He also spoke at length about Tibet’s susceptibility to global warming. Water levels are going down and glaciers are melting. The Himalayas are the third largest reservoir of ice in the world after the North and South Pole and its melting will have devastating effects on the entire Southeast Asian region, including India, since it is its principal source of water. So he has put this among his priorities for the last part of his life.

Compassion and Cow Protection

In answer to the question about Buddhism and meat eating, particularly in India where the cow is held as sacred, and especially so here in Gokula, how are you supporting cow protection? the Dalai Lama said that though it is true that in Tibet the geographical conditions make a vegetarian diet very difficult to maintain, outside of Tibet, he has ordered all monasteries under his guidance to serve only vegetarian food.

Though individuals may eat according to their habits, no congregational activity should have non-vegetarian foods served. He said he was promoting vegetarianism because he does not believe that one can properly cultivate compassion and at the same time cause unnecessary harm or pain to any creature. This is the principle of ahimsa, which he follows.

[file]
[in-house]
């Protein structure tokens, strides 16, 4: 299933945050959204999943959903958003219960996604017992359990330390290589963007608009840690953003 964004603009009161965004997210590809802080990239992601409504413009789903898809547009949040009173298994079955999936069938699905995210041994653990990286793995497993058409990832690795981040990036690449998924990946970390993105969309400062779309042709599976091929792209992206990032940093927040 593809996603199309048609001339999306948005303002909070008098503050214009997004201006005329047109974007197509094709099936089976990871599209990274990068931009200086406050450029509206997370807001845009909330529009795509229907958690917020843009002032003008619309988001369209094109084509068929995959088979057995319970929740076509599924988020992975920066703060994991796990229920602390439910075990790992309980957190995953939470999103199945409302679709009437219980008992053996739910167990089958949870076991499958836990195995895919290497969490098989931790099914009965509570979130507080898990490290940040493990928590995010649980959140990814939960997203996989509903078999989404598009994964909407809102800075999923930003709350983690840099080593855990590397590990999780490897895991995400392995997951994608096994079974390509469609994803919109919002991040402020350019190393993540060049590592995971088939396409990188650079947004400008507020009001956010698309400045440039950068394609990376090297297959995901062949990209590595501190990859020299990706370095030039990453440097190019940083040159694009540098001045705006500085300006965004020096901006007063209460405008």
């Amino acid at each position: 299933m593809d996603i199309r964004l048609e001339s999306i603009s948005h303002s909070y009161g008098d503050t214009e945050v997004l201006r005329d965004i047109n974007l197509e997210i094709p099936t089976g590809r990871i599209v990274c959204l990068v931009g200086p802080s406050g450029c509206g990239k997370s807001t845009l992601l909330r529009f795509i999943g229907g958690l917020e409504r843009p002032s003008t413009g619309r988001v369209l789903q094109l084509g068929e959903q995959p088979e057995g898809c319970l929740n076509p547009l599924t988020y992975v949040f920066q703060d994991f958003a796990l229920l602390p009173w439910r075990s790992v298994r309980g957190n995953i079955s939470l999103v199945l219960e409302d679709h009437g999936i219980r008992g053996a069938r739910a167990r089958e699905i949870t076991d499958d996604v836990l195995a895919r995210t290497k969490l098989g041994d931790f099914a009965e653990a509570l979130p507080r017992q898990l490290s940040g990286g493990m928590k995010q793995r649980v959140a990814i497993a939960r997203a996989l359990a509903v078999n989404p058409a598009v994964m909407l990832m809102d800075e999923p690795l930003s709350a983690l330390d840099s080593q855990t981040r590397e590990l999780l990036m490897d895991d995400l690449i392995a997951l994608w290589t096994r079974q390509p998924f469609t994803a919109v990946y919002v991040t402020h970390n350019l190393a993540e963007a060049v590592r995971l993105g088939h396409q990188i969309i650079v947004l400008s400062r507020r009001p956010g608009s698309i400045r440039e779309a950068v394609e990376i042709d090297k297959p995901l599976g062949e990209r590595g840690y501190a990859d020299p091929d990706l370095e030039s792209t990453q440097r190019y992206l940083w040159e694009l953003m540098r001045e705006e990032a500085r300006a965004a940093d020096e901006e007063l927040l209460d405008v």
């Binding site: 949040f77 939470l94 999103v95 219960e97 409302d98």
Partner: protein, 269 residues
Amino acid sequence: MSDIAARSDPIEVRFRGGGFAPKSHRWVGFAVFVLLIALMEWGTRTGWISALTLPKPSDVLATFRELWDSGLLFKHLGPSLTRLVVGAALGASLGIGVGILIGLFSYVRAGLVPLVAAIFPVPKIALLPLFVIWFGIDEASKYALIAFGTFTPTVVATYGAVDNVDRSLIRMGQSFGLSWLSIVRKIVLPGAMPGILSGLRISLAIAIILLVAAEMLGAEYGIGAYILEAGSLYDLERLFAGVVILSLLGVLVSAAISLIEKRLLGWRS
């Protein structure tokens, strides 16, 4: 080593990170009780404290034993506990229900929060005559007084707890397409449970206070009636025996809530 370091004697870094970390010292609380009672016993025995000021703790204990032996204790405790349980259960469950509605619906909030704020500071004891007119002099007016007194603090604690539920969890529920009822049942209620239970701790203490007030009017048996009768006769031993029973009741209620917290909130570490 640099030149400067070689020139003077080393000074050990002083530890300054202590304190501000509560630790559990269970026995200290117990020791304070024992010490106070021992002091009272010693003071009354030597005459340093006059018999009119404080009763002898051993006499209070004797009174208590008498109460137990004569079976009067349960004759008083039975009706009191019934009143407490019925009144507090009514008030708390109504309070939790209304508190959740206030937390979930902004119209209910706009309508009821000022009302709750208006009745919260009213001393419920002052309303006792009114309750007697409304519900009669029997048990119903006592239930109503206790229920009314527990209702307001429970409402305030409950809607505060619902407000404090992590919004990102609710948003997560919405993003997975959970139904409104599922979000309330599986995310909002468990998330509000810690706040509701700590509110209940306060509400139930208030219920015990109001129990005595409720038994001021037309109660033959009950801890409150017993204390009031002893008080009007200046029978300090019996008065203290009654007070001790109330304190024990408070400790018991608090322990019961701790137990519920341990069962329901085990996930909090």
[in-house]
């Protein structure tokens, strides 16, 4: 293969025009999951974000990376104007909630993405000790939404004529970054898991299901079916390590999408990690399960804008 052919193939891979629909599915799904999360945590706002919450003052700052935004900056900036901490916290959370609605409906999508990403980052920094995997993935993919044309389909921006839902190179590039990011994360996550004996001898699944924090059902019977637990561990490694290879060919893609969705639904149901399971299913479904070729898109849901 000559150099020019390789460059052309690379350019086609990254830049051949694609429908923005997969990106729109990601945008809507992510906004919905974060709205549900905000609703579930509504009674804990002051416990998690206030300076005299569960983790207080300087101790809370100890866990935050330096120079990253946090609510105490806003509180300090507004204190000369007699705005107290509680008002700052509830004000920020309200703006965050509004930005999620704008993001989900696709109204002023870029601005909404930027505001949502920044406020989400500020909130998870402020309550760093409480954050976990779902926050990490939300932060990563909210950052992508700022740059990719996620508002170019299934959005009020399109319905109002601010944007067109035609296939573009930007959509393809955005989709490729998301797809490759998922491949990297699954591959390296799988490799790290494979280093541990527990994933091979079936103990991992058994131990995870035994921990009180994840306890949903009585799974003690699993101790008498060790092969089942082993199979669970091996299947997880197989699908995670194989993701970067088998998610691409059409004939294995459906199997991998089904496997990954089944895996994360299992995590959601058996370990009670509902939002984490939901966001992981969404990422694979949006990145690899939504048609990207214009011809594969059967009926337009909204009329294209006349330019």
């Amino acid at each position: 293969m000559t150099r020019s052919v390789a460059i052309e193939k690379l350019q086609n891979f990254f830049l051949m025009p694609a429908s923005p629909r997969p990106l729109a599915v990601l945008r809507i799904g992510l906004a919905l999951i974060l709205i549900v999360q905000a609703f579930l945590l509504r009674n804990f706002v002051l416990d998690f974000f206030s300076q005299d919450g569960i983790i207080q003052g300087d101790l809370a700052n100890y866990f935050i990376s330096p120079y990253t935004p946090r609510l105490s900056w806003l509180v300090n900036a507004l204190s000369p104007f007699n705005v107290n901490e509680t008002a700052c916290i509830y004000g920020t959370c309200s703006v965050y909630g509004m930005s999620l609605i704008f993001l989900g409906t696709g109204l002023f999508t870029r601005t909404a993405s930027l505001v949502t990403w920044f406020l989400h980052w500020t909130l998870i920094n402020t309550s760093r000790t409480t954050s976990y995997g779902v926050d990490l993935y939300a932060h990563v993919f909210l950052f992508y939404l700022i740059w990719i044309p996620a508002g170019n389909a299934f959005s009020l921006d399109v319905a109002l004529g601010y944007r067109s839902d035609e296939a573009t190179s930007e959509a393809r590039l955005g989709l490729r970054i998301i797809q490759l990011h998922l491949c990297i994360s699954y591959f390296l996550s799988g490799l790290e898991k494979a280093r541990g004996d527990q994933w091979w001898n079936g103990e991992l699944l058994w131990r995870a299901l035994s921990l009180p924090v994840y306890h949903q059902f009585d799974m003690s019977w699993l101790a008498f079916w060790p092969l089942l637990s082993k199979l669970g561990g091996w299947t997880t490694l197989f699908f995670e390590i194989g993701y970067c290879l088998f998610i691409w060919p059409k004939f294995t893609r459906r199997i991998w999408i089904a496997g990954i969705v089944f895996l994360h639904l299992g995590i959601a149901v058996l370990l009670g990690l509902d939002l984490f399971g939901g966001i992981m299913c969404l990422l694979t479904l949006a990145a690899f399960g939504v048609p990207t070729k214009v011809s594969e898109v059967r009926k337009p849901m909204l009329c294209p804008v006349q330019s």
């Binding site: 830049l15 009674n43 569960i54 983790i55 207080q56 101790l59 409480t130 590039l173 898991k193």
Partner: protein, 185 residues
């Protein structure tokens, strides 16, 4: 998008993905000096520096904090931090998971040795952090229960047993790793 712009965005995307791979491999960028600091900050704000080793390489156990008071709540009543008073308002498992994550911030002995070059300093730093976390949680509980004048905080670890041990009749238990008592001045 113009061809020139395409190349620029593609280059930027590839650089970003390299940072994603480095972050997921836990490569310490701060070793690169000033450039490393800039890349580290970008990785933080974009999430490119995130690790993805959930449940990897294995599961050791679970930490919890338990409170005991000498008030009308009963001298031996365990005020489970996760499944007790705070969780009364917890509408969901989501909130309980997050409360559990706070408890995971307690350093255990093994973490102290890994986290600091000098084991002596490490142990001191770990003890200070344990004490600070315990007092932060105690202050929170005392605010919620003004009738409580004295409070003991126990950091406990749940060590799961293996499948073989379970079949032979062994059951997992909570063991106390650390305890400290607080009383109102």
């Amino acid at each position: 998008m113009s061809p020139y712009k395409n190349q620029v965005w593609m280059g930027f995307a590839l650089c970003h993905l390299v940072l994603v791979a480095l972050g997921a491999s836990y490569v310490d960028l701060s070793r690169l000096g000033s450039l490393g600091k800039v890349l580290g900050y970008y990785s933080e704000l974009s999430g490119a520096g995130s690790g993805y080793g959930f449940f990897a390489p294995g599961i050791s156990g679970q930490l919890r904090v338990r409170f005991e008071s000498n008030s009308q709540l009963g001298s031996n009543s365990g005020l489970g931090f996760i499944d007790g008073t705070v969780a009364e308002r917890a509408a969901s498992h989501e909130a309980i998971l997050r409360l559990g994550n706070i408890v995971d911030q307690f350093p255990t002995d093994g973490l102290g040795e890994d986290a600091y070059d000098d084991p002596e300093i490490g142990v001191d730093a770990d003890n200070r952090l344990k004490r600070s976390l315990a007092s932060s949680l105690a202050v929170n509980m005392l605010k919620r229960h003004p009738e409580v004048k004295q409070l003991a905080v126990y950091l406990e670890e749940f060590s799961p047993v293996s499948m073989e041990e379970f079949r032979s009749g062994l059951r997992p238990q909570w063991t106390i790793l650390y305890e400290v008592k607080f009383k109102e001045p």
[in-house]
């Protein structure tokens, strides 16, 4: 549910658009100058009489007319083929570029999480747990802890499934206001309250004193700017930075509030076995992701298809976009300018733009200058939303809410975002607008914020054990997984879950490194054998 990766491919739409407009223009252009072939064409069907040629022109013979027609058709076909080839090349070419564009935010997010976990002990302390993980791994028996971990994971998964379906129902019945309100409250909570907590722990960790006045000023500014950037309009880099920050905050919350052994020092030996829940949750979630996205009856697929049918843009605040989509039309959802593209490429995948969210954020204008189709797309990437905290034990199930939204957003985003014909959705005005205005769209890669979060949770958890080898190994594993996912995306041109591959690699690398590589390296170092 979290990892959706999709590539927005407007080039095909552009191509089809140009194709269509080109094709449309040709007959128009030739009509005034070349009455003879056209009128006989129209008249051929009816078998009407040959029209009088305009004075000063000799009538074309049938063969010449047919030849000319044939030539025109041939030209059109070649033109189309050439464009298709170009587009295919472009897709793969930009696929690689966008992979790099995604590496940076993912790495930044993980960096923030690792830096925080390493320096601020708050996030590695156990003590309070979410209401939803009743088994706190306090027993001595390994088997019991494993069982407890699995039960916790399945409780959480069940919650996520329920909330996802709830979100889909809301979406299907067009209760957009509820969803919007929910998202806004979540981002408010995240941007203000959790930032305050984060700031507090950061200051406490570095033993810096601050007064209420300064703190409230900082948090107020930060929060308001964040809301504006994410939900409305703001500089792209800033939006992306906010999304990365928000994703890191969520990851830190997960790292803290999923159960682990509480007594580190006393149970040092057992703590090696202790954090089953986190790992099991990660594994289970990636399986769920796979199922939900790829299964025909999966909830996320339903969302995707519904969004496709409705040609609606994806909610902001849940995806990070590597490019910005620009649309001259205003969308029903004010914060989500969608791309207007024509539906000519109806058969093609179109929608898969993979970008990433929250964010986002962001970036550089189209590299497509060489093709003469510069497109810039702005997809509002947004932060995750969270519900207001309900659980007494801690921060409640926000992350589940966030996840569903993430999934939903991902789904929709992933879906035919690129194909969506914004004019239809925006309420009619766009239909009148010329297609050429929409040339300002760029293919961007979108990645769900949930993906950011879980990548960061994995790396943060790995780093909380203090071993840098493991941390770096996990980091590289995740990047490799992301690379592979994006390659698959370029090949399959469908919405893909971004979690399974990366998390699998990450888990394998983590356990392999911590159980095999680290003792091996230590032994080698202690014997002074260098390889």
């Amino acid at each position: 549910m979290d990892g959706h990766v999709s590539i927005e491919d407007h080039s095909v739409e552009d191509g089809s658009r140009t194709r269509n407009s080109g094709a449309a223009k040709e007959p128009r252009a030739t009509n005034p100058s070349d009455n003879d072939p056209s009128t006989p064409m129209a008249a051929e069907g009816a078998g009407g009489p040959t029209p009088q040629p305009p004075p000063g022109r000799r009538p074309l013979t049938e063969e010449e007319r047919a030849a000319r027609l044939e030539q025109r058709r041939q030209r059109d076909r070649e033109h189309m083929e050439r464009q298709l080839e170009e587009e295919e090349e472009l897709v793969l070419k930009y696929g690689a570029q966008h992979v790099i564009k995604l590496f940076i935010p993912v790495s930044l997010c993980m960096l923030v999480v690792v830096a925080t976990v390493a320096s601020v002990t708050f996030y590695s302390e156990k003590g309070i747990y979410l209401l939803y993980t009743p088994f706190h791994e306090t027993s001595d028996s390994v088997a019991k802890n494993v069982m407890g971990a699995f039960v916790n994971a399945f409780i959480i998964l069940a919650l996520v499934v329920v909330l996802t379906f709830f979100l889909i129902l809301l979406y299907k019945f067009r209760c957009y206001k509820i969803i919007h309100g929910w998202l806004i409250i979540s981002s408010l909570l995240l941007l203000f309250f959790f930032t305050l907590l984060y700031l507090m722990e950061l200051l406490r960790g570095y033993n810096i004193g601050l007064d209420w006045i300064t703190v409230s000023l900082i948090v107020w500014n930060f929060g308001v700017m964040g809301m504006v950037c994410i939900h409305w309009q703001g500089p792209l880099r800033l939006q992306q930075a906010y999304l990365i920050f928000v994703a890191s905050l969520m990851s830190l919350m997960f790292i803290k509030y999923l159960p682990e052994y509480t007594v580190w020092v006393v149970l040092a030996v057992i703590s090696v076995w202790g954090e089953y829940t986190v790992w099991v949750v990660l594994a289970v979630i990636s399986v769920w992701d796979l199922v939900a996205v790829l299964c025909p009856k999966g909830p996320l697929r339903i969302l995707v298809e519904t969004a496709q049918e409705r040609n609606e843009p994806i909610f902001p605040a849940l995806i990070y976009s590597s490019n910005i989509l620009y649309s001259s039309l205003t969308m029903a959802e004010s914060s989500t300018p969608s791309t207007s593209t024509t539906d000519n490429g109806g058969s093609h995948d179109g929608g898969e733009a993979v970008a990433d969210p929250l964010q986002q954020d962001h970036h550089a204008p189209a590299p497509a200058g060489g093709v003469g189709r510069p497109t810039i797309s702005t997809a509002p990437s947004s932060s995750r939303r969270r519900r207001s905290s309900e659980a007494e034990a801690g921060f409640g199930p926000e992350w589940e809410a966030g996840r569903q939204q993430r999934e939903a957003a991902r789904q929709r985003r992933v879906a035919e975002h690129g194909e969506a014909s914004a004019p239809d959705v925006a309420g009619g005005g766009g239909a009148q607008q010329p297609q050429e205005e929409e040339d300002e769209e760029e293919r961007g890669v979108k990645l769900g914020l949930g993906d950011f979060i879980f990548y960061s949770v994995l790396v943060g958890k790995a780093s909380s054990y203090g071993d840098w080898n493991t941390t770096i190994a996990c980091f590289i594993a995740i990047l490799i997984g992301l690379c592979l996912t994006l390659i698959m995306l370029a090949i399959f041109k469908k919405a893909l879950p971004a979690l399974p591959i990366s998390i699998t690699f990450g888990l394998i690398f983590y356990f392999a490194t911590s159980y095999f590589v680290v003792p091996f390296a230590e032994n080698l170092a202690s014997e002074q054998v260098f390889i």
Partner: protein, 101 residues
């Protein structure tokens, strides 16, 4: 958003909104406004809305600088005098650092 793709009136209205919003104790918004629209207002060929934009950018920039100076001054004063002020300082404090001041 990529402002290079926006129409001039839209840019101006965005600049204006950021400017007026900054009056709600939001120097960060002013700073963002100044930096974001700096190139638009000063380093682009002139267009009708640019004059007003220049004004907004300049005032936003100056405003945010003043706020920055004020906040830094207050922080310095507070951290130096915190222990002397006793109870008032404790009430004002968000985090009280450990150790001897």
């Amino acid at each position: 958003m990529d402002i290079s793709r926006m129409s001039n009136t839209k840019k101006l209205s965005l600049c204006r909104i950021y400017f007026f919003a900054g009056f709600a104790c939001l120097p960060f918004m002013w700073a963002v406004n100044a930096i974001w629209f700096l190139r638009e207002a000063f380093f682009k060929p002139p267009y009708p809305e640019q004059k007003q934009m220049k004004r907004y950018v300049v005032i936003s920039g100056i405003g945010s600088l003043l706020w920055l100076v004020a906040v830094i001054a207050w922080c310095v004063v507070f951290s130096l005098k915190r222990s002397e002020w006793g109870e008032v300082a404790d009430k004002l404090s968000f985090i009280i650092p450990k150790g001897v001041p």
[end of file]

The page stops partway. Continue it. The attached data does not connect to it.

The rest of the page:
The Dalai Lama in Braj

It is well known that Karshni Swami Gurusharanananda is one of the most respected saints in the Braj area, which is rich in masters of the bhakti yoga tradition. Tomorrow I will try to summarize a bit the history of this ashram, which is a unique and interesting branch of devotional practice to Krishna. Maharaj Shri is himself a great scholar and an entertaining and persuasive speaker. His friendship with the Dalai Lama is a testament to his various good qualities. He does not see the existence of many religions as a zero-sum game where only one group can be right and all the rest condemned.

The Dalai Lama himself repeatedly said, if you stick to the essence of religion’s purpose, then you won’t go wrong. Religion is not about dividing but about uniting humanity in peace. Where there are disagreements those should be recognized as dealing primarily with secondary matters. So the baseline of cultivating compassion and friendship to all others is the essence of human evolution.